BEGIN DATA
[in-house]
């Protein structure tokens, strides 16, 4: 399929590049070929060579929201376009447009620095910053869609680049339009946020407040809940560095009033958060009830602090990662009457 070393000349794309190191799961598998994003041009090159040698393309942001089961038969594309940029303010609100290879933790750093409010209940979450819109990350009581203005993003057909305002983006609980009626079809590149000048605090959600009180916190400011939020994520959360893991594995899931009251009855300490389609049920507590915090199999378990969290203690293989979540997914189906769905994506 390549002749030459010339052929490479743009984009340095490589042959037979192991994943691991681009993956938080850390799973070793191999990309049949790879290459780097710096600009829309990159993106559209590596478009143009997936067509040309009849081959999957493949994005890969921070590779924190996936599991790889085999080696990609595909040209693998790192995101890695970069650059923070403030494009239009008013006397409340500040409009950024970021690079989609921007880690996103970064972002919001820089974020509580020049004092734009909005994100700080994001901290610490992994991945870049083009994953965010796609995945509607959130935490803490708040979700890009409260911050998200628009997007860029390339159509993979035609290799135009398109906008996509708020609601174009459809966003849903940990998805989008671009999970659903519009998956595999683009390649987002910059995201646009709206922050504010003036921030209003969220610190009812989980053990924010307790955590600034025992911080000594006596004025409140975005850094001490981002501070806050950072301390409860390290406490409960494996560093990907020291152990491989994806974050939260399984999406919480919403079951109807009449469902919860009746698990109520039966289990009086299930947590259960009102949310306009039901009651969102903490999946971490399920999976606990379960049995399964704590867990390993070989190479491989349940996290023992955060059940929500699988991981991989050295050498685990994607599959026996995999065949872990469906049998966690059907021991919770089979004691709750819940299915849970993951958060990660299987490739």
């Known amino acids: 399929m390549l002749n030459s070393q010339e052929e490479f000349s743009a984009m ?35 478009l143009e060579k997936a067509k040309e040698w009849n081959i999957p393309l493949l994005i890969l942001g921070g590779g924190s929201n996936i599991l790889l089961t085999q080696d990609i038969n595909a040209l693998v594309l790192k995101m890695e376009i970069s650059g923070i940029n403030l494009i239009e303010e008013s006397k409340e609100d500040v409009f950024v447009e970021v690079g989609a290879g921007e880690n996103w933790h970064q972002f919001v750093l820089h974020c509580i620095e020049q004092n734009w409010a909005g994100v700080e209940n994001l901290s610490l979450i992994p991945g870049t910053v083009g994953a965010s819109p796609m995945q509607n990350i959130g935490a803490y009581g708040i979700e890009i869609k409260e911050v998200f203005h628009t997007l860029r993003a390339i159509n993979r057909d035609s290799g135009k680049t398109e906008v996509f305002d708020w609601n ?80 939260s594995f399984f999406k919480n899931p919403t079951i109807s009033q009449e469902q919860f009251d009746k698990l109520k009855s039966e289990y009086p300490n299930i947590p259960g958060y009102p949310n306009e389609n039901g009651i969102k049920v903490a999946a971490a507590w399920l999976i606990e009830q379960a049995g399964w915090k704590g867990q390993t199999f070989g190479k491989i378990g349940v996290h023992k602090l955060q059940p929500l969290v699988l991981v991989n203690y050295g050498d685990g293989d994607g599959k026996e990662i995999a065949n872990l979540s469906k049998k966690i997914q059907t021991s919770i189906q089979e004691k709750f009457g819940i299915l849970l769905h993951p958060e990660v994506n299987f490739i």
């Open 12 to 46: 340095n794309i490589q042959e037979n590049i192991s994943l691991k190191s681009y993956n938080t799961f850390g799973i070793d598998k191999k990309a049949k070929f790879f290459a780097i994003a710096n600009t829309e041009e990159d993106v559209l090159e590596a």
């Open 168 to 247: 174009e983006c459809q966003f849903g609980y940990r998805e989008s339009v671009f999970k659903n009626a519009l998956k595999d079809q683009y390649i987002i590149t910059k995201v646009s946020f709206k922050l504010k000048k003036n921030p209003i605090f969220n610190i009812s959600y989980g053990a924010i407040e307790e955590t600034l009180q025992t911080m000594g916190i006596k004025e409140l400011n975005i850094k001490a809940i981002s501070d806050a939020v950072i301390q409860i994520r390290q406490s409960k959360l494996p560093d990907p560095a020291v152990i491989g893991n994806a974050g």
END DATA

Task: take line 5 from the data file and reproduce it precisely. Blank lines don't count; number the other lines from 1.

């Open 168 to 247: 174009e983006c459809q966003f849903g609980y940990r998805e989008s339009v671009f999970k659903n009626a519009l998956k595999d079809q683009y390649i987002i590149t910059k995201v646009s946020f709206k922050l504010k000048k003036n921030p209003i605090f969220n610190i009812s959600y989980g053990a924010i407040e307790e955590t600034l009180q025992t911080m000594g916190i006596k004025e409140l400011n975005i850094k001490a809940i981002s501070d806050a939020v950072i301390q409860i994520r390290q406490s409960k959360l494996p560093d990907p560095a020291v152990i491989g893991n994806a974050g």